I don't know why the Left is quite so defensive about this stuff, only that it feels it has to be, to its public detriment. There is no ideological left-wing reason why we should assume that all men over the age of 30 are potential pedophiles, for example, unless it is a hangover from the old feminist notion that all men over the age of 30 (or indeed younger) are potential rapists. The problem, of course, is that while the Right has won most of the foreign policy and economic arguments these past 25 years, the Left has absolute hegemony in social services, council departments (regardless of which party they are run by) and the education system, so if the Left worries about this stuff, we all feel the consequences.
But it is our fear of pedophilia, or fear of litigation provoked by the intimation of pedophilia (which is, when it comes down to it, much the same thing), that is the most corrosive and damaging. One of the most telling and important political contributions of 2008 came from an old semi-reformed radical Marxist, Frank Furedi, now a professor of sociology, who delivered an attack on the strange and ambivalent manner in which we view children these days. "We cannot organise the world around the default position that we are all pedophiles," Furedi lamented in a magazine interview. He talked, too, about the other side of the coin, the control children seem to have over parents these days. Furedi called it "reverse socialisation", the kids being told to tell their parents to eat healthier food, or recycle their rubbish properly, or not to smoke in the home. And much of it can be dragged back to what Furedi called the pre-political authority of parents disciplining, or failing to discipline, their kids. They do not have an idea any more of right or wrong, he suggested.
Well, indeed; but whose fault is that? Place it alongside all the stuff I mentioned above and it would seem to be the logical consequence of an agenda driven by the liberal middle-class Left over the past 30 years, in which the common denominator is the yearning for an artificial world that is entirely risk-free. Certainly there must be no risk to life or limb, even if that risk is vanishingly small. No risk, either, that anyone could possibly be offended by anything, no matter how barking mad you would have to be to take offence. No risk that anyone's sensibilities (religious or otherwise) might be offended, no matter how thin their skins may have become over the years. It is an aspiration towards a pretend world, a confection every bit as make-believe as Santa's grotto. Still, have a good Christmas now. And remember: it's got absolutely nothing to do with Jesus.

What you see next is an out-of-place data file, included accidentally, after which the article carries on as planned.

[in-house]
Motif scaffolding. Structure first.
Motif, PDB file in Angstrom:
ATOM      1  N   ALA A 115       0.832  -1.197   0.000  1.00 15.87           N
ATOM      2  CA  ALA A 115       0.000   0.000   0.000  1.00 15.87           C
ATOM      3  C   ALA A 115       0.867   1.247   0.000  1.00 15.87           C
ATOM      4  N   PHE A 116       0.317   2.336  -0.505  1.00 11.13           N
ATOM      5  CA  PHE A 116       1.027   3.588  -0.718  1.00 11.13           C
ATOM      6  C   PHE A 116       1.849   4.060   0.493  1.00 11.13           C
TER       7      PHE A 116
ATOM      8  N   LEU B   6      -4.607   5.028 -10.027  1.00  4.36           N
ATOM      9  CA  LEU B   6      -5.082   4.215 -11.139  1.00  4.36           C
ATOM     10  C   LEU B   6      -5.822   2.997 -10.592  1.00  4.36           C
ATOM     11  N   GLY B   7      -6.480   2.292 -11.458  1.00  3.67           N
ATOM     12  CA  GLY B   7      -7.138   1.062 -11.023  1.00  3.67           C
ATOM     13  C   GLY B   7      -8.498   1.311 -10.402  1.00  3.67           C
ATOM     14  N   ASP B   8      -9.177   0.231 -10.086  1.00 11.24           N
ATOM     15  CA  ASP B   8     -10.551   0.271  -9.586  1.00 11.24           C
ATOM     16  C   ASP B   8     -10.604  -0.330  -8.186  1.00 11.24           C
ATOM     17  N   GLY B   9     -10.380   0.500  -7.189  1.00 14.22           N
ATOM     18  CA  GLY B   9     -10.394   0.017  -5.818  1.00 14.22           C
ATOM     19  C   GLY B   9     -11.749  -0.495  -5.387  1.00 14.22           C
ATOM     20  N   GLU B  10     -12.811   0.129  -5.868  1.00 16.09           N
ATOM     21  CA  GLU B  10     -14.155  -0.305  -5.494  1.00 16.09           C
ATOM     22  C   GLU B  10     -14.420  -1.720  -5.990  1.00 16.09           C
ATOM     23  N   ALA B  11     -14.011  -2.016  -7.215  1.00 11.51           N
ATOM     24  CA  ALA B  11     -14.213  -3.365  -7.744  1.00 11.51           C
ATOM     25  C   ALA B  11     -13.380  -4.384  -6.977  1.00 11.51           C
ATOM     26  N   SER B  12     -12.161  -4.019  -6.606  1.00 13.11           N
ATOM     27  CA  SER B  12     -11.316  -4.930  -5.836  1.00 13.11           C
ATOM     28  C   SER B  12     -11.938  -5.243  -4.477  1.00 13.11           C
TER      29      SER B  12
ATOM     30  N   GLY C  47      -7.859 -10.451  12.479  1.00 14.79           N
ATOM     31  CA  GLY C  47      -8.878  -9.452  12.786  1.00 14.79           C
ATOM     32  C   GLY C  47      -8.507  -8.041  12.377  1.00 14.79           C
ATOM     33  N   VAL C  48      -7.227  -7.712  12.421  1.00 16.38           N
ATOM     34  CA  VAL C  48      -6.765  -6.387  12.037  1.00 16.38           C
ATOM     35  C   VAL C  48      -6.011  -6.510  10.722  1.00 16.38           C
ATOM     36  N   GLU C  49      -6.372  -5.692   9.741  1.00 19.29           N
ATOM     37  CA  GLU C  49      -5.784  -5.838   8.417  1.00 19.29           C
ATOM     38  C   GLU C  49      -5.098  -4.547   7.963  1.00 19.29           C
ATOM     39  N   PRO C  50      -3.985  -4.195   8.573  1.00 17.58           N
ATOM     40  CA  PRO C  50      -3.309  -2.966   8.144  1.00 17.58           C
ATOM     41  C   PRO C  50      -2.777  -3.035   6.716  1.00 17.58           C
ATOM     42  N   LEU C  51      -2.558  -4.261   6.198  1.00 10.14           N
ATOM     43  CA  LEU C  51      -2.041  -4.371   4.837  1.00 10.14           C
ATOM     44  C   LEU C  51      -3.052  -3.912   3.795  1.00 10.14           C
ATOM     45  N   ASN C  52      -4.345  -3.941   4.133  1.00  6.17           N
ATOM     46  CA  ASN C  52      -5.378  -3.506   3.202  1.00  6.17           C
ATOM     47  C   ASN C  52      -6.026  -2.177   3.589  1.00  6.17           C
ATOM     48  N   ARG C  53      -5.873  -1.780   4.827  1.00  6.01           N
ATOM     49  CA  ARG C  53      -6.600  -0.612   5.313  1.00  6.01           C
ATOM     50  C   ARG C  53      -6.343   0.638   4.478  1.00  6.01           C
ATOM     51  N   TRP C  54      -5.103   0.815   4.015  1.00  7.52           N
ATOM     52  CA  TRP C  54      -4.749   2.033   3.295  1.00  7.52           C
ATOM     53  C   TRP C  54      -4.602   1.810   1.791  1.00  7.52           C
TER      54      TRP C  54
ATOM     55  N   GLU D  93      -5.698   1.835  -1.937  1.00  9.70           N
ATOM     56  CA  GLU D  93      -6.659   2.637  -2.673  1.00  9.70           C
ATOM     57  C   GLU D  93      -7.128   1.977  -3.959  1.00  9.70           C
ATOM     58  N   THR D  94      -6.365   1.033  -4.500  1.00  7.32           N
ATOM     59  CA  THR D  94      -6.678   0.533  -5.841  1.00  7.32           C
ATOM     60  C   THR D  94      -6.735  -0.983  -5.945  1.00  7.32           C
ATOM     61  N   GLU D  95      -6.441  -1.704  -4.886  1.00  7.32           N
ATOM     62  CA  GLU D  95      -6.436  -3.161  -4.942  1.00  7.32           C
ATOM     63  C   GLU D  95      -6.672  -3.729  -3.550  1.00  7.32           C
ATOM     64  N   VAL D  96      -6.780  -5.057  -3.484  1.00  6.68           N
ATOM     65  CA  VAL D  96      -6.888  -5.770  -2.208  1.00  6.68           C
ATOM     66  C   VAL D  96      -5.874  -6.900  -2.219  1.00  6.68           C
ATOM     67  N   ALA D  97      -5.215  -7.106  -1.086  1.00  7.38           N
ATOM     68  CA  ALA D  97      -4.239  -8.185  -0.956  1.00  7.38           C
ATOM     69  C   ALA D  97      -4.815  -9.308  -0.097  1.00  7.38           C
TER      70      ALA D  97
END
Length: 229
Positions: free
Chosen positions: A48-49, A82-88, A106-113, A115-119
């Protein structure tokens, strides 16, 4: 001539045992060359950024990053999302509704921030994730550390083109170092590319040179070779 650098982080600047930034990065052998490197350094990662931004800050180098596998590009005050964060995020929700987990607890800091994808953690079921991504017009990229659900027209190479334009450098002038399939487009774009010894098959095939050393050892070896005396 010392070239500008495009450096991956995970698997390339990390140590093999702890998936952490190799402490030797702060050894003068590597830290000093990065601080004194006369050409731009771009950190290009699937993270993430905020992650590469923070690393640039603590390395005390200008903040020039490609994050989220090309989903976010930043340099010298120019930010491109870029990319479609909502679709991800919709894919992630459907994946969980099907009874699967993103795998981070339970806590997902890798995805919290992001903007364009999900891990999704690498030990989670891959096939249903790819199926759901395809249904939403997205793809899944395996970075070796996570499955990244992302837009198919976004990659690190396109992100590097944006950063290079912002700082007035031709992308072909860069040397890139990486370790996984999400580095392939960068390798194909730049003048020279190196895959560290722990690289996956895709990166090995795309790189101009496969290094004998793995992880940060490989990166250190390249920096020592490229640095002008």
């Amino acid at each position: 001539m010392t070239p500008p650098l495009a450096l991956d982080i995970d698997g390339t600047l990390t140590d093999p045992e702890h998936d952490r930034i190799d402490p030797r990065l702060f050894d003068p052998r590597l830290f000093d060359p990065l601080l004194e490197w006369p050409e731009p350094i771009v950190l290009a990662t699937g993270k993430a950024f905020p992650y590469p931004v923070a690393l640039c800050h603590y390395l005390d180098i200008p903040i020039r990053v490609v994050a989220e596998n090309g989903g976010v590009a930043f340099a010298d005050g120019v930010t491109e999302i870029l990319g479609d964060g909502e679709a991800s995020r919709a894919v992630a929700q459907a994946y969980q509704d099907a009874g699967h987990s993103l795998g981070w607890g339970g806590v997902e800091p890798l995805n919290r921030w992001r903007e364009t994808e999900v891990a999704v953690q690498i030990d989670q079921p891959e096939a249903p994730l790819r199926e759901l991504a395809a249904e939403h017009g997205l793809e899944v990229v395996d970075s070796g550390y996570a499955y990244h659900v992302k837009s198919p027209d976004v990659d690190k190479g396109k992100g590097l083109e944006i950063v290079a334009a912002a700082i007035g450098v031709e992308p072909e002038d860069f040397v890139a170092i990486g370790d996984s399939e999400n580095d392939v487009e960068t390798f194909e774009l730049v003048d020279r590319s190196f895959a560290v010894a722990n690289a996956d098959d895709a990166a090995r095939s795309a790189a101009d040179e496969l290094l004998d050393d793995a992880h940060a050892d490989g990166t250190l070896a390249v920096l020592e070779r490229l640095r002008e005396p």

False rape accuser who wasted 7,000 police hours and cost British taxpayers $600,000 is finally jailed
This doesn't happen, of course. Ask any feminist
A 'dangerous fantasist' who wasted 316,000 pounds of public money by falsely claiming to have been raped, kidnapped and blackmailed was jailed for four years yesterday. Police spent 7,000 hours investigating bizarre allegations made over six months in 2006 by Michaela Britton, a court heard. She tied herself up and slashed herself with a blade to make her stories seem more credible and arranged for her car to be shot at. Her 'whopping lies' included claiming she was being blackmailed for 10,000 pounds over a pornographic video stolen from her home which was made with an ex-boyfriend said to be a Metropolitan Police anti-terrorist officer.
Chelmsford Crown Court heard that police wasted hundreds of thousands of pounds investigating her complaints. Britton, a senior loss adjuster, also claimed her line manager at Churchill Insurance in Romford put a gun to her head after she spurned his advances. Eventually, detectives became suspicious of Britton and began tracking her movements by installing CCTV outside her partner, Mick Murray's, house in Chelmsford, Essex, where she often visited.
The 40-year-old mother of one, from Chelmsford, was found guilty of perverting the course of justice. Judge David Turner told her at Chelmsford Crown Court: 'You are a dangerous fantasist. 'Your conduct has been pathological and profoundly and protractedly wasteful of police resources.'
It is alleged that throughout the allegations, Britton had the help of a former partner, Paul Hendle. Ramiz Gursoy, prosecuting, said she was motivated by financial gain after falsely putting in an insurance claim for about 40,000 pounds following a burglary. The court heard how Britton had a previous conviction from 1990 for obtaining property by deception when 61 offences were taken into account.